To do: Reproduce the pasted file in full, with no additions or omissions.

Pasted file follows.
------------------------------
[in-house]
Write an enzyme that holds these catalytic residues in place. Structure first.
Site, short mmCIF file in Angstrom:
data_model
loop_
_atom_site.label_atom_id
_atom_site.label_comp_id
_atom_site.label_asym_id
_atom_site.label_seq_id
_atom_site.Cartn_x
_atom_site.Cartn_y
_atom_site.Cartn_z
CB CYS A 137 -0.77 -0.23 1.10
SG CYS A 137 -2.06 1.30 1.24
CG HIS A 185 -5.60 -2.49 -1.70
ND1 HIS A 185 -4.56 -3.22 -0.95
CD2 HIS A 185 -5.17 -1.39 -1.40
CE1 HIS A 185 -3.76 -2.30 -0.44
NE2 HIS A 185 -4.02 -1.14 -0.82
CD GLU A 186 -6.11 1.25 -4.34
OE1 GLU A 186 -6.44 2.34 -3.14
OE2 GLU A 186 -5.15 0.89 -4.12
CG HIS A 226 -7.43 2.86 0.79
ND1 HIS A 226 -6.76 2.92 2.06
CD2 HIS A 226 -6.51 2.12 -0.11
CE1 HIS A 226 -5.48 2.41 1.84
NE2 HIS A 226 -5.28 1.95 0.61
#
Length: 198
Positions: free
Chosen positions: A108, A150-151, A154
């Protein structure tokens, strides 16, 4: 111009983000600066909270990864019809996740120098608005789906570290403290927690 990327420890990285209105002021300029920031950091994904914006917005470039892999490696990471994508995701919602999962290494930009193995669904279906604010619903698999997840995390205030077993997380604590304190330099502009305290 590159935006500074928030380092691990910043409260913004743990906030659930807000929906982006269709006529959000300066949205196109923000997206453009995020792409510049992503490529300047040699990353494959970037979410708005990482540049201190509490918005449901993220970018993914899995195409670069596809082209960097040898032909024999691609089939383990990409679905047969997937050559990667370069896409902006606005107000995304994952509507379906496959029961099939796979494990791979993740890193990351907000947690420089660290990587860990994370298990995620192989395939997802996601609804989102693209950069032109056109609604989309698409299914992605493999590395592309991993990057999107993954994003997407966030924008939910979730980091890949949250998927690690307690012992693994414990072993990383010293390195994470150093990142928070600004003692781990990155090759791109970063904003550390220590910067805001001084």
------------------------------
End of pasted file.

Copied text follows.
[in-house]
Write an enzyme that holds these catalytic residues in place. Structure first.
Site, short mmCIF file in Angstrom:
data_model
loop_
_atom_site.label_atom_id
_atom_site.label_comp_id
_atom_site.label_asym_id
_atom_site.label_seq_id
_atom_site.Cartn_x
_atom_site.Cartn_y
_atom_site.Cartn_z
CB CYS A 137 -0.77 -0.23 1.10
SG CYS A 137 -2.06 1.30 1.24
CG HIS A 185 -5.60 -2.49 -1.70
ND1 HIS A 185 -4.56 -3.22 -0.95
CD2 HIS A 185 -5.17 -1.39 -1.40
CE1 HIS A 185 -3.76 -2.30 -0.44
NE2 HIS A 185 -4.02 -1.14 -0.82
CD GLU A 186 -6.11 1.25 -4.34
OE1 GLU A 186 -6.44 2.34 -3.14
OE2 GLU A 186 -5.15 0.89 -4.12
CG HIS A 226 -7.43 2.86 0.79
ND1 HIS A 226 -6.76 2.92 2.06
CD2 HIS A 226 -6.51 2.12 -0.11
CE1 HIS A 226 -5.48 2.41 1.84
NE2 HIS A 226 -5.28 1.95 0.61
#
Length: 198
Positions: free
Chosen positions: A108, A150-151, A154
């Protein structure tokens, strides 16, 4: 111009983000600066909270990864019809996740120098608005789906570290403290927690 990327420890990285209105002021300029920031950091994904914006917005470039892999490696990471994508995701919602999962290494930009193995669904279906604010619903698999997840995390205030077993997380604590304190330099502009305290 590159935006500074928030380092691990910043409260913004743990906030659930807000929906982006269709006529959000300066949205196109923000997206453009995020792409510049992503490529300047040699990353494959970037979410708005990482540049201190509490918005449901993220970018993914899995195409670069596809082209960097040898032909024999691609089939383990990409679905047969997937050559990667370069896409902006606005107000995304994952509507379906496959029961099939796979494990791979993740890193990351907000947690420089660290990587860990994370298990995620192989395939997802996601609804989102693209950069032109056109609604989309698409299914992605493999590395592309991993990057999107993954994003997407966030924008939910979730980091890949949250998927690690307690012992693994414990072993990383010293390195994470150093990142928070600004003692781990990155090759791109970063904003550390220590910067805001001084």